The very first Pokemon Go trailer teased trading between players as one of the features. So far, trading is still absent in the game, though Niantic CEO John Hanke confirmed last month that the anticipated feature - along with player-versus-player battling - is now on the way. However, don't expect the trading feature to be done through the internet once it arrives.

That's according to Tatsuo Nomura, Niantic's senior product manager, who recently spoke to Polygon at the Game Developers Conference. He said that it "won't be through the internet" and that players won't be able to trade Pokemon with other players "100 miles" away. Your trading partner should be near you or within proximity, according to Nomura.

This isn't really surprising, considering Niantic markets Pokemon Go as a mobile game that encourages players to socialize and interact with other players. Which is actually a tough sell. The game isn't really equipped with gameplay features that promote socializing with other players, although taking down rival Gyms is easier if you're with real-life friends.

Players who live in small towns that aren't exactly populated with lots of other Pokemon Go players will likely get the short end of the stick. And apparently, Niantic isn't really looking to deploy the trading feature as a way to help such players who are struggling with their Pokedex. "I wasn't really thinking of trading as a way to solve the local area spawn issue," said Nomura.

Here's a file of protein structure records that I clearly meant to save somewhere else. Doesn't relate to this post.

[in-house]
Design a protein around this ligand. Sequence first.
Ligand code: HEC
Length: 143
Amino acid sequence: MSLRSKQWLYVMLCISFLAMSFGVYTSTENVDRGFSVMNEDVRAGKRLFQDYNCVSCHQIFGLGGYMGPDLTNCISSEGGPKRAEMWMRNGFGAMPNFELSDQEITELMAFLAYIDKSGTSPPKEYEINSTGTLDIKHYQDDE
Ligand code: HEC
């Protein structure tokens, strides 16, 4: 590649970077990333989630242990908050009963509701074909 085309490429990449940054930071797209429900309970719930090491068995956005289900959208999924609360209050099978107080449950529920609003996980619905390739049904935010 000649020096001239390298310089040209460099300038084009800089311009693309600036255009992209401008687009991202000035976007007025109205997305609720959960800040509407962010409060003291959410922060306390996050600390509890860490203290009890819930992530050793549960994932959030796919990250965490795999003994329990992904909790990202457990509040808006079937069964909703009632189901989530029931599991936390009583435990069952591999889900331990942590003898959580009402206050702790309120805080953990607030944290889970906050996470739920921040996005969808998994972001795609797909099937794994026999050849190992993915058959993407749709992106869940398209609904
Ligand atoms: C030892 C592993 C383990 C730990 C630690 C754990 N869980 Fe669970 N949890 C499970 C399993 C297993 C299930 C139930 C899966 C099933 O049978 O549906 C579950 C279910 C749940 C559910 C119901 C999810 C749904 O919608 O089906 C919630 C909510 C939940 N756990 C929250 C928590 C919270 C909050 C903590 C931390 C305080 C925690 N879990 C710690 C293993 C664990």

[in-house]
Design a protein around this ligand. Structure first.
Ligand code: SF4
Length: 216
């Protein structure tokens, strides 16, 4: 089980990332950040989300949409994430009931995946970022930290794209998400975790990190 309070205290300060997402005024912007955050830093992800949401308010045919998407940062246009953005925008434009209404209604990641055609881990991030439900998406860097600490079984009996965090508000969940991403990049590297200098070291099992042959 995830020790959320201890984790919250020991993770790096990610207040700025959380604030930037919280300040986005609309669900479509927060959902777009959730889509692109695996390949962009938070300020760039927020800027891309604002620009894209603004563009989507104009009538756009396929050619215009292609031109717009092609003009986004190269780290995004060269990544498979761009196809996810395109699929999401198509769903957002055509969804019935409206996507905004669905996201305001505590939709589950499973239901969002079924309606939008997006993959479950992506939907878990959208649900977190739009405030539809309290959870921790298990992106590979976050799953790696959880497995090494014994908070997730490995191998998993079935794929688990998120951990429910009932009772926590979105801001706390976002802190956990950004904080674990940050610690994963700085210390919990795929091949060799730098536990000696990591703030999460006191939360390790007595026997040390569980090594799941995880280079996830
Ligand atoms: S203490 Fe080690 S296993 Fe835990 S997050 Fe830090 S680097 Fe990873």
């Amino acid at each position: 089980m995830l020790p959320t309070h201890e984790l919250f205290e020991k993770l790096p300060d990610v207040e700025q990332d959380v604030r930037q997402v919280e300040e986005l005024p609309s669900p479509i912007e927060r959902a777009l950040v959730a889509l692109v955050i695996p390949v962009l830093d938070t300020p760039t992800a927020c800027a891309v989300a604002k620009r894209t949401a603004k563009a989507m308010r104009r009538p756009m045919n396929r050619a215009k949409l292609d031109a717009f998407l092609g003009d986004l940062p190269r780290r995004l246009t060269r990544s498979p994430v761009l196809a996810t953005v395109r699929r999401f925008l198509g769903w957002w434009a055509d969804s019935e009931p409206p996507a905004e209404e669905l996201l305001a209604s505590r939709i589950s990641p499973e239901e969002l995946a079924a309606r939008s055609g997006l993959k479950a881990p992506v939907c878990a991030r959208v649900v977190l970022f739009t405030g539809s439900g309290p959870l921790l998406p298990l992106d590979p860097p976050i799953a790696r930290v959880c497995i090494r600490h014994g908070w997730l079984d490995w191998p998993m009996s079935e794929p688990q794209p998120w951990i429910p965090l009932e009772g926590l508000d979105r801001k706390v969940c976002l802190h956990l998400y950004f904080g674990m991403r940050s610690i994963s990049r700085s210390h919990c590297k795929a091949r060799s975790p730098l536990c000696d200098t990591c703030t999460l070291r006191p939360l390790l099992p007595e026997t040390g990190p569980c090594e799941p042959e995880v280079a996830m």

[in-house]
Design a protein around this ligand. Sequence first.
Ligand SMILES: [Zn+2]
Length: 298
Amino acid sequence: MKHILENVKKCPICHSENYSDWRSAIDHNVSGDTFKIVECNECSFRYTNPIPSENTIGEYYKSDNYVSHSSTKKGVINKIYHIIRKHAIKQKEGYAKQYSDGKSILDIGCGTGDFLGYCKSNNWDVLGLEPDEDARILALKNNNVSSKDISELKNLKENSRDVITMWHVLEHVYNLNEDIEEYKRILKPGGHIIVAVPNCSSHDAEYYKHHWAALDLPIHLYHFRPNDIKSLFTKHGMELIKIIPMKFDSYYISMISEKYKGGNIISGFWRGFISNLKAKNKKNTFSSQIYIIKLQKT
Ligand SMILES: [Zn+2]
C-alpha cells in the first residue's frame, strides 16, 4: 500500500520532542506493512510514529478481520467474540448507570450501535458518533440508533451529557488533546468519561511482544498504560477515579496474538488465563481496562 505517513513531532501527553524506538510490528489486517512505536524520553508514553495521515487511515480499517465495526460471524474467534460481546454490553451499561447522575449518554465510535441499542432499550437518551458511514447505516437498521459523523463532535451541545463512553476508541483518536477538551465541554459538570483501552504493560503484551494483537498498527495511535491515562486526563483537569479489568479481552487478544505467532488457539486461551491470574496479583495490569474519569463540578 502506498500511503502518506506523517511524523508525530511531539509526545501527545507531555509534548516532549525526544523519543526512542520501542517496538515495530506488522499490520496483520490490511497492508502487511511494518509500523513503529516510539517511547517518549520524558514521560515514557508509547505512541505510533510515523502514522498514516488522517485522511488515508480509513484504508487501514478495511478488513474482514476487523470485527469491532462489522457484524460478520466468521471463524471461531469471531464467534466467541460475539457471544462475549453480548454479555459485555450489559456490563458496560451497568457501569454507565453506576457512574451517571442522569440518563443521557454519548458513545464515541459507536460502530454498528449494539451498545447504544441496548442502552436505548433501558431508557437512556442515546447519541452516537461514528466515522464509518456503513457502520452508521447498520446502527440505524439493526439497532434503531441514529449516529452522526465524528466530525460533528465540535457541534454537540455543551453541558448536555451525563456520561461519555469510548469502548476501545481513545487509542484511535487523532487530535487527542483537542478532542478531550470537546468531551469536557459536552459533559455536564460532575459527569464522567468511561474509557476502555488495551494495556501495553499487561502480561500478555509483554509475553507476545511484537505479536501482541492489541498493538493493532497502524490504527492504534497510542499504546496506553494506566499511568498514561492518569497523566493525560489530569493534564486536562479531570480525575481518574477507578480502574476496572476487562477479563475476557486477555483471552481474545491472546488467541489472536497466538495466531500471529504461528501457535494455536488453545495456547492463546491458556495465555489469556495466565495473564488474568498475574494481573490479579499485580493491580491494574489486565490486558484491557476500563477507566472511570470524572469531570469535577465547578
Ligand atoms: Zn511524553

Nomura didn't provide more details on the exact nature of the trading feature, which will likely arrive later this year. He simply said that they're still trying to come up with something that "makes sense." They could easily "kill the game" if trading isn't done right. Good call. Because, really, between trading and PvP battling, the former is the trickier to implement.

If not done right, trading could give birth to a Pokemon black market where players exchange Pokemon for real-world money. There's also the risk of players getting lured by criminals using the trading feature. So it's perfectly fine for Niantic to take their time developing the trading feature.

In the meantime, you can keep yourself busy by hunting down all the new second-gen monsters in Pokemon Go that were recently released. Once you've had your fill, you can go back to pestering Niantic why the trading feature is taking so damn long.

Source: Polygon